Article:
Tanker carrying crew members with Ebola-like symptoms turned away
Barbados has blocked a tanker carrying two crew members with Ebola-like symptoms from berthing at the Bridgetown Port.
Minister of Tourism and International Transport Richard Sealy made the disclosure in Parliament this evening, as he insisted that the Ebola threat was not only a health matter but a national security issue.
Although he did not state when the vessel had been prevented from entering the port, or where it had originated, Sealy said the action by Barbadian authorities proved that the systems put in place to prevent the virus from reaching these shores were working.
“There was a tanker, the Noble Spirit, that when the protocols were tested, was actually denied entry into Barbados waters. There were two persons on board who had symptoms that were deemed to be Ebola-like and on the basis of the various protocols the port managers, national security, defence and security [officials], immigration, and the Office of the Prime Minister, we were able to say ‘no thank you’. I think they were already refused a berthing spot in Jamaica,” Sealy revealed.
He insisted that there was no reason for Barbados to follow some of its Caribbean neighbours by instituting a ban on nationals from the worst affected West African nations.
Instead, he said, authorities had decided to take a measured, sensible approach to the situation and to devise the appropriate protocols.
“We have decided not to go that route. That is a bit extremist and not at all sensible thinking because if you start, how do you stop? If you go and identify three countries in West Africa where there are Ebola cases and ban travel from there, what happens when you have a couple of cases in the United Kingdom? Are we going to shut down the UK source market and ban travel from there too? It doesn’t make sense and we, therefore, have gone the route of putting the appropriate protocols in place.”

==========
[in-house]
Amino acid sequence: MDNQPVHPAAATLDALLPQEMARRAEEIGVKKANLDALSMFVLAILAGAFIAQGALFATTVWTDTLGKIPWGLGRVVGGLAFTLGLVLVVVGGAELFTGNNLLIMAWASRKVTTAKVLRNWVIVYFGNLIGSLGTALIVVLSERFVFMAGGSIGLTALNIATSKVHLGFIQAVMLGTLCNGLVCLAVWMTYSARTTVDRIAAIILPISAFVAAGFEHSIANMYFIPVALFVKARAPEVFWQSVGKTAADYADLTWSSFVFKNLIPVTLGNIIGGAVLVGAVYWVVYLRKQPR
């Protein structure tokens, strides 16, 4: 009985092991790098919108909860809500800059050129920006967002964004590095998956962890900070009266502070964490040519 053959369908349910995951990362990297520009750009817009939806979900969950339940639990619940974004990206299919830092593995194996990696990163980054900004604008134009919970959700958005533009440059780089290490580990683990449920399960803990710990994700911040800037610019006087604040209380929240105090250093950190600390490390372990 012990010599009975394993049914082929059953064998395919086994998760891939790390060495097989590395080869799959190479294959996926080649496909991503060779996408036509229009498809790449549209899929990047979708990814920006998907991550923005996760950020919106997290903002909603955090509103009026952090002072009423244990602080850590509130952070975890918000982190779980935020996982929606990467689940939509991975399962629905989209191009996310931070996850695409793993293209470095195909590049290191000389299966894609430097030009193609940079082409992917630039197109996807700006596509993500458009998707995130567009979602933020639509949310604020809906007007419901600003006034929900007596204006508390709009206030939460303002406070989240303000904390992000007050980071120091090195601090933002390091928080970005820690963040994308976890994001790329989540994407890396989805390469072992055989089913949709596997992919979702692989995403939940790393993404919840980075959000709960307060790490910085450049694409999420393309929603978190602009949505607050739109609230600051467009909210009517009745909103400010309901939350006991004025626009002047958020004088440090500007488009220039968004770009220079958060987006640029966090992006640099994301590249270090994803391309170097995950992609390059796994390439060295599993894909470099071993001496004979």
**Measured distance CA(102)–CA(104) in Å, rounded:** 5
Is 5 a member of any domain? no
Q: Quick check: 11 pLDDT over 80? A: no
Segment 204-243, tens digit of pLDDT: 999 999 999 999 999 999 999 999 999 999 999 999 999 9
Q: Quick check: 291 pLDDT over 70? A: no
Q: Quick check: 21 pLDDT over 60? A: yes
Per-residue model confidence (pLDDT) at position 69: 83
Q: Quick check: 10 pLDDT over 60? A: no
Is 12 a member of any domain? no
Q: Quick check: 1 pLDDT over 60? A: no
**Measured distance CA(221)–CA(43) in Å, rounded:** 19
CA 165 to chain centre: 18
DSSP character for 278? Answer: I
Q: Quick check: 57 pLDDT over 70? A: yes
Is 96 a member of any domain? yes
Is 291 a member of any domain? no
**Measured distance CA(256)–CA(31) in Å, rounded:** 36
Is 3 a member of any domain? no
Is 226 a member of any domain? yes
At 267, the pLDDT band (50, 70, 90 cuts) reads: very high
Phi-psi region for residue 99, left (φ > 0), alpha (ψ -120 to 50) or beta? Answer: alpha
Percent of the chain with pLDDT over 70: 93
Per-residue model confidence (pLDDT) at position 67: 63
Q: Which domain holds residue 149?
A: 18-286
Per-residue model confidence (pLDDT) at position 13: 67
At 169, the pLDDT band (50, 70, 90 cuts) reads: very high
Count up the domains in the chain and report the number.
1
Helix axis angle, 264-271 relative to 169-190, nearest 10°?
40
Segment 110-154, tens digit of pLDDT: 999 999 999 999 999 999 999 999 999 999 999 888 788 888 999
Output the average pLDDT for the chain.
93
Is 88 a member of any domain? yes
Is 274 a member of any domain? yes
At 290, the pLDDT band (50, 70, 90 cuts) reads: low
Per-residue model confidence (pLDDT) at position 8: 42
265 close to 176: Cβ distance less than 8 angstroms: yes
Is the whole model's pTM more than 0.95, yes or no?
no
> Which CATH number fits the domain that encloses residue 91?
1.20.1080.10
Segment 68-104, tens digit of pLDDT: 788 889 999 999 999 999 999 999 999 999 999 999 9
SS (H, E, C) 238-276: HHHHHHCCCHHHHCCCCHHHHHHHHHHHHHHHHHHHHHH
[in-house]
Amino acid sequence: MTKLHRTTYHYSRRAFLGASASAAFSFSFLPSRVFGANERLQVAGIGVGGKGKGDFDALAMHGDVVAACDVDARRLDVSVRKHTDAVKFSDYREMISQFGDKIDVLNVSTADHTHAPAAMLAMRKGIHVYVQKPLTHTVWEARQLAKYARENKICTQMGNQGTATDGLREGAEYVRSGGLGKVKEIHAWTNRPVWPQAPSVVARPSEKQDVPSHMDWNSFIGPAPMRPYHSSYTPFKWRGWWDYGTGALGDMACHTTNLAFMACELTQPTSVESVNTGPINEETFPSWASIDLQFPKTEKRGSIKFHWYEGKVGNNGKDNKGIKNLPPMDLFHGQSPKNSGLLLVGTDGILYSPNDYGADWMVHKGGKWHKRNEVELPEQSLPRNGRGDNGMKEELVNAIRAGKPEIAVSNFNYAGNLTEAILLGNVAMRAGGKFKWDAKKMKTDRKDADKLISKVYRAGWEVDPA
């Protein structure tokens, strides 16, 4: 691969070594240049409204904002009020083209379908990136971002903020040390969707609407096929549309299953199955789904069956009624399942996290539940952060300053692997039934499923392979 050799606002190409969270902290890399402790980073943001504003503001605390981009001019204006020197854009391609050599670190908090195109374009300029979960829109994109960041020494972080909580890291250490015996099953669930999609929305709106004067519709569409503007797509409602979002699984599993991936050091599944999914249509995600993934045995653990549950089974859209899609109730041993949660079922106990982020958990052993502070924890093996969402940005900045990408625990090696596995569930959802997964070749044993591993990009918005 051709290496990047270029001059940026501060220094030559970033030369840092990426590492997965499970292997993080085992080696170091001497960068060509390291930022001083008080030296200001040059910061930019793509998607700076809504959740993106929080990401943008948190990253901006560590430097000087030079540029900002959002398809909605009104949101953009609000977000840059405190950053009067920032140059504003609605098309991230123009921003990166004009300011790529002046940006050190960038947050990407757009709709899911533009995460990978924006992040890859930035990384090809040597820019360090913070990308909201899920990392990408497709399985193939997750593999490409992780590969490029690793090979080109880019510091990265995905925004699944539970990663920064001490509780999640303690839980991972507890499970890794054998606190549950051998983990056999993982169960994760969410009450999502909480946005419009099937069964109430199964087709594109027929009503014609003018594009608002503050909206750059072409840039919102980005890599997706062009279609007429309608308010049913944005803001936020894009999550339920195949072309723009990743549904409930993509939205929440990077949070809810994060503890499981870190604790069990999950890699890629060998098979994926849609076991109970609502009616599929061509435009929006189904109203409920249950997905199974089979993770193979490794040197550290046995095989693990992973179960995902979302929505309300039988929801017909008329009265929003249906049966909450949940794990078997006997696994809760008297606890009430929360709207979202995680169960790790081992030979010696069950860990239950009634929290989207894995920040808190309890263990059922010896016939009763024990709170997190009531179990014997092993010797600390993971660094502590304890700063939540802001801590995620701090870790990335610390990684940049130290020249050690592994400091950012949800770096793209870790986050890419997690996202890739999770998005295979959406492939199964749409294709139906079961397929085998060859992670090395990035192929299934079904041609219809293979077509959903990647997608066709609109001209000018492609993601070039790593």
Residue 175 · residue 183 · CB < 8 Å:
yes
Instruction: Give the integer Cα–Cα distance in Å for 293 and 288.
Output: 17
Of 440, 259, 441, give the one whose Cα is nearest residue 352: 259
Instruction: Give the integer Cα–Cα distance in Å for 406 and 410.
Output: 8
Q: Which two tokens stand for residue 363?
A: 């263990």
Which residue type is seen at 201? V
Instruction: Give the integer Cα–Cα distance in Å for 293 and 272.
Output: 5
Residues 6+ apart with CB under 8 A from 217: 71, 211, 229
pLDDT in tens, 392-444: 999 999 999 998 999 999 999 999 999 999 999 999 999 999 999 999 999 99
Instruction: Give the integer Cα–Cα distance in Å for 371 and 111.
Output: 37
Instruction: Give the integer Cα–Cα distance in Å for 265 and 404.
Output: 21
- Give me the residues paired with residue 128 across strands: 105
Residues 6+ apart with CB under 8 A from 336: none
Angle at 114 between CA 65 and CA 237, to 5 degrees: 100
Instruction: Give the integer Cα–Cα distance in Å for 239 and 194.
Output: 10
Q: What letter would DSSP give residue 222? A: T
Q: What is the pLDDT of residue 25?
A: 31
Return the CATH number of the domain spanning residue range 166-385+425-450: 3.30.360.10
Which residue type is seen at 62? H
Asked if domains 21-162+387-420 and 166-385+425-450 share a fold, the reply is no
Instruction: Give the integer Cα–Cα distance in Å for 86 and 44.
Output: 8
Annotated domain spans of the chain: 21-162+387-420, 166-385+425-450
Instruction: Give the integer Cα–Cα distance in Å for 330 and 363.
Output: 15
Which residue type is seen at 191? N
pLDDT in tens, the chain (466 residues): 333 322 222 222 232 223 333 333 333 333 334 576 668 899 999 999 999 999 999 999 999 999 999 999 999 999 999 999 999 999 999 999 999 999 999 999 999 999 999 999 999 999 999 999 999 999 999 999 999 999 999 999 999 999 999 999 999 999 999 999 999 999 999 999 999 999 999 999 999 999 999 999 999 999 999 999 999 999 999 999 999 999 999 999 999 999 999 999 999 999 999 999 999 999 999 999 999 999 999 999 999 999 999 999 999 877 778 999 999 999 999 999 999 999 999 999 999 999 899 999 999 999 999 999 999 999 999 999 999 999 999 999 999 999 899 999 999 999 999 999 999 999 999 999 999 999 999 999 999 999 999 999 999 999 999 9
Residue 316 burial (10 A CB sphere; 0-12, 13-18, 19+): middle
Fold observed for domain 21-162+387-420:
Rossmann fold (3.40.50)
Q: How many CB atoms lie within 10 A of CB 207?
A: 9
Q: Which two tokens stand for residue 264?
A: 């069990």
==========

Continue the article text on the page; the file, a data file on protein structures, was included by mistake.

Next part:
Sealy said Ebola transcends health and was being viewed by the Freundel Stuart administration as a national security matter.
As such, he said, a committee dealing specifically with the virus had been established, quarantine centres at both ports of entry were upgraded and an isolation unit had also been set up on the grounds of the Enmore Centre.
“Government has been taking the Ebola question extremely serious and, in fact, has not been treating it as a public health issue exclusively. Far from that, the National Security Council was convened. That body is chaired by the Prime Minister. It has met twice on this issue as far back as August 19. The member for St Michael South chaired that meeting on August 19. I chaired the second meeting in September when I was acting in [the capacity of Prime Minister]. Prior to that August 19 meeting, the national security review committee actually met on August 8,” he said.
Earlier this month, there was an Ebola scare aboard the cruise ship Carnival Magic that was denied entry into Belize and Mexico. The vessel was blocked because of the presence of a lab worker at the Texas Health Presbyterian Hospital where Thomas Eric Duncan – a Liberian who died from the virus in the US state earlier this month – had been treated. The worker was subsequently declared Ebola free.
Sealy said cruise lines had also developed their own protocols to deal with Ebola.
He said with the cruise season approaching, Barbadian authorities were working with Cruise Lines International Association, CLIA, and the Florida Caribbean Cruise Association “because they too have a lot at stake”.
“When you invest $1 billion in a cruise ship you can’t just allow an Ebola outbreak on board. So they have a vested interest, as well, in working with us insofar as ensuring that that industry remains Ebola-free.”
More than 4,500 people have already died from Ebola.
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